Opinion: Freedom in Christ requires sacrifice
Do you love America? Do you love God? Which do you love more?
From the news I watch, the politics I follow and the ideologies I hear spewed in late-night opinionated tirades about economic policies and gun laws, many self-proclaimed Christians would rather be American.
While this is a “Christian nation” (at least nominally, as evidenced by the phrase “one nation under God” in our pledge or “In God we trust” on our currency) we seem quite caught up in ourselves. To be American means to be free. Freedom of life, liberty and property. Free to do what we want with our own stuff in our own house.
So the moral questions of taxes on the rich, background checks on firearms, welfare, immigration and abortion all are viewed from the seat of a free person, who is defending their rights.
And this seems right, because after all, Christ came to set us free.
There is only one thing wrong with this logic. Christ didn’t come so that we could be free to say what we want, do what we want and maintain our rights to our own hard work — he came that we may be free from the constraints of sin.
Our freedom in Christ feels like a burden sometimes. It is full of “do-this” and “don’t-do-that,” but these are not rules inhibiting our freedom; rather, they are instructions. If you want to be close to God, and thus free from sin, these are the things that God says you should do.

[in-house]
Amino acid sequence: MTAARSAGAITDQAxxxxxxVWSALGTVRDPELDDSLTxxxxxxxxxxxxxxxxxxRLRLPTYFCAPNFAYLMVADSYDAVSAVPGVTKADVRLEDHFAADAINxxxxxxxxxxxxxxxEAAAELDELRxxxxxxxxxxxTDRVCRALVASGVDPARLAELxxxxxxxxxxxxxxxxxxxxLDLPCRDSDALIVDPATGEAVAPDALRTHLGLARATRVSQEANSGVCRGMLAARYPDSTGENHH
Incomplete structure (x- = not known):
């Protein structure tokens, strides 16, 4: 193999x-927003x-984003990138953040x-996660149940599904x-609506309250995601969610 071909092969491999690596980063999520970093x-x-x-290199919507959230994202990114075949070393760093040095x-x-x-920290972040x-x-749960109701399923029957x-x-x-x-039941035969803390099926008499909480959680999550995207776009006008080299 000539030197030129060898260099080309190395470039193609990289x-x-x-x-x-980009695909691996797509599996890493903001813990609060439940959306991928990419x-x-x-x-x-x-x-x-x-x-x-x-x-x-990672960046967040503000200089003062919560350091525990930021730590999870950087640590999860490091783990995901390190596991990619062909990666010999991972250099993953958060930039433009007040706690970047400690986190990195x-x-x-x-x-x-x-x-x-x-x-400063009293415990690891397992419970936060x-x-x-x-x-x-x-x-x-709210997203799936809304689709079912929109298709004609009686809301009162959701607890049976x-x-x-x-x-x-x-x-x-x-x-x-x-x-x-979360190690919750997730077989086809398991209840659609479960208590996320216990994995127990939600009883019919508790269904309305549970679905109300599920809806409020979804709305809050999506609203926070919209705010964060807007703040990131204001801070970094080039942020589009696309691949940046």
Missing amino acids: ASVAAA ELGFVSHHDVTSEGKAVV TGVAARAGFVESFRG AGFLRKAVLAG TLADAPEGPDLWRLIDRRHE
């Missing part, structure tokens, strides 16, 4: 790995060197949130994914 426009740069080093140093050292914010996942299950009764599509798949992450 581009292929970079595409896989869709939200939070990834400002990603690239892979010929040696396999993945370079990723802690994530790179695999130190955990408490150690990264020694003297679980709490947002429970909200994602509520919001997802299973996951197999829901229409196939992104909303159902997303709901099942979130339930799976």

So what should Christians be doing and what kind of political policies should Christians concern themselves with?
Christ explicitly calls Christians to care for the “least of these,” and he was not talking about looking out for yourself. James says something similar, about an authentic faith, in James 1.
“Religion that God our Father accepts as pure and faultless is this: to look after orphans and widows in their distress and to keep oneself from being polluted by the world.”
These verses should provide clear guidance for the Christian ideology regarding welfare and taxes. But what about other social issues? What does the Bible say in regards to firearms?
To get to the bottom of this, we have to recognize the motivations behind all that we do. For many people the need for a firearm is to protect oneself. But should a Christian protect herself?
Is the Lord faithful to those who follow his Word? If Christ is with us, then who can stand against us? Whom (or what) shall I fear? Is your trust in your bank account or your pension plan, or is it in the Lord?
Freedom in America means having the right to protect yourself and to save money for your future. Freedom in Christ means doing what he calls you to do. He doesn’t call Christians to come up with a plan, just to follow out the tasks he gives them.
God has a plan. It involves Americans. I am convinced of that. What it doesn’t involve are the rights of a person to do whatever causes the chips to fall in their favor. At the end of the world, life will go on. Americans spend too much time using their freedom to plan for the future here in America. Christians ought to be more concerned with life after the second resurrection.
In the classic anecdote, we will get to the pearly gates and will be asked what we have done with our lives. Only one answer is right.
Are we, as Christians living in America, laying down our freedoms and fears for his glory? Are we making choices that are best for the kingdom or best for us?
So the question is again posed, but it is not hypothetical. Are you a Christian or are you American? Which would you rather be? Is your faith in you or is your faith in Christ?
This is an opinion piece and does not necessarily represent the views of Calvin Chimes, Calvin College or the Christian Reformed Church.